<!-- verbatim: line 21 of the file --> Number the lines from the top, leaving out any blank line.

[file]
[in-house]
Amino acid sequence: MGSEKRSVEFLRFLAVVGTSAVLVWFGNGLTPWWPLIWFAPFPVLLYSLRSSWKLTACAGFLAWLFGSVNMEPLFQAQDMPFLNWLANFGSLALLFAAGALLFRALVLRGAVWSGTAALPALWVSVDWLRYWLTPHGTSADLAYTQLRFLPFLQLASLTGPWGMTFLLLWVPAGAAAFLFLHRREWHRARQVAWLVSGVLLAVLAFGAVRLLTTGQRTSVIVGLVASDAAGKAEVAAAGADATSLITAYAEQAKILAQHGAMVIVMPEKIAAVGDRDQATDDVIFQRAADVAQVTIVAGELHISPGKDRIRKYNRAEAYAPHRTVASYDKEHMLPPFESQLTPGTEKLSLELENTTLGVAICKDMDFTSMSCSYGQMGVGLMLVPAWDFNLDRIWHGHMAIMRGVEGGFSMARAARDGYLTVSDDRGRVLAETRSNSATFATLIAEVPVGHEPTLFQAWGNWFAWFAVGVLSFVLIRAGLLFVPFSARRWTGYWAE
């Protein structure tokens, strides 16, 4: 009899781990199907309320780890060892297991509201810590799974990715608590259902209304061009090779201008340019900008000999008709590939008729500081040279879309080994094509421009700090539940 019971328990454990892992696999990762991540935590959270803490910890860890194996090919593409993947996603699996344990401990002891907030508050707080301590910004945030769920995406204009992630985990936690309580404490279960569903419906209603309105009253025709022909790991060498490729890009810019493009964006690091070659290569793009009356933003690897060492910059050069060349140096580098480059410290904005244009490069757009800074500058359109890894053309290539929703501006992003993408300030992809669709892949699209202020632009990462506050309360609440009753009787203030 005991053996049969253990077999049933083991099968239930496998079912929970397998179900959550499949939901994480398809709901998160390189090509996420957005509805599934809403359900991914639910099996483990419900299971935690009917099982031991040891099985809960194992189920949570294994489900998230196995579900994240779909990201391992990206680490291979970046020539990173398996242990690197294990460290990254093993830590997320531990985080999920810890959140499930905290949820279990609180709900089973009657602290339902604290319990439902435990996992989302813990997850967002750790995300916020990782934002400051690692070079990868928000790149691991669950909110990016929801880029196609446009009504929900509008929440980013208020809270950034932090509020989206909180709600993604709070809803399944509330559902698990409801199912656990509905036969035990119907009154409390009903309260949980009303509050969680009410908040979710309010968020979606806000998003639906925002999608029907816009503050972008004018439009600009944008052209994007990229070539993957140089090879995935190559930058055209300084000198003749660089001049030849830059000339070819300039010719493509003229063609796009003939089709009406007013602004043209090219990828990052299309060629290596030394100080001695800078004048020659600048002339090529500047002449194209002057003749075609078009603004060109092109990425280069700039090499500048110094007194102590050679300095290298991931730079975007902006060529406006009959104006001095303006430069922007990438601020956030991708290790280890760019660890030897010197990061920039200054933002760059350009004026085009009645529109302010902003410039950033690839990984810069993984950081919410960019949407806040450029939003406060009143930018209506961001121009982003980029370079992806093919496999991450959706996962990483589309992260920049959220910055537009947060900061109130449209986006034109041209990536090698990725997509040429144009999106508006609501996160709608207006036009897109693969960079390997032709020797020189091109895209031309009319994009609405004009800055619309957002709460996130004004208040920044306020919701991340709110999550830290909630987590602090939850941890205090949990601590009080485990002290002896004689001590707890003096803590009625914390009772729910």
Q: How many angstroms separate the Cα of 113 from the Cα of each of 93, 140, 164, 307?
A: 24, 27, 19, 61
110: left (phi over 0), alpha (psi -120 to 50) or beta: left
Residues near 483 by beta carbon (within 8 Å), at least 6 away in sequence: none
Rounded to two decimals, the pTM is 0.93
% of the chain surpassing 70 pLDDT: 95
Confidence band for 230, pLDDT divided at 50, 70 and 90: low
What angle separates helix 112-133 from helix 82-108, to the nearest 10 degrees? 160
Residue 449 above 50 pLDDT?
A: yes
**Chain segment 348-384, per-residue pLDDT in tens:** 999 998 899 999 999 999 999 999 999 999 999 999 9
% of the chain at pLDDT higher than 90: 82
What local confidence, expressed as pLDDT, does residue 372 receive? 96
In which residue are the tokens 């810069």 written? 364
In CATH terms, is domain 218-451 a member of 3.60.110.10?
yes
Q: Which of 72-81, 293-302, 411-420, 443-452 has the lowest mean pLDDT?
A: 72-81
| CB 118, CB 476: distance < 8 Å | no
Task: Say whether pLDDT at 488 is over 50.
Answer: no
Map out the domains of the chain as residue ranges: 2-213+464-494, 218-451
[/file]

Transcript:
A: 72-81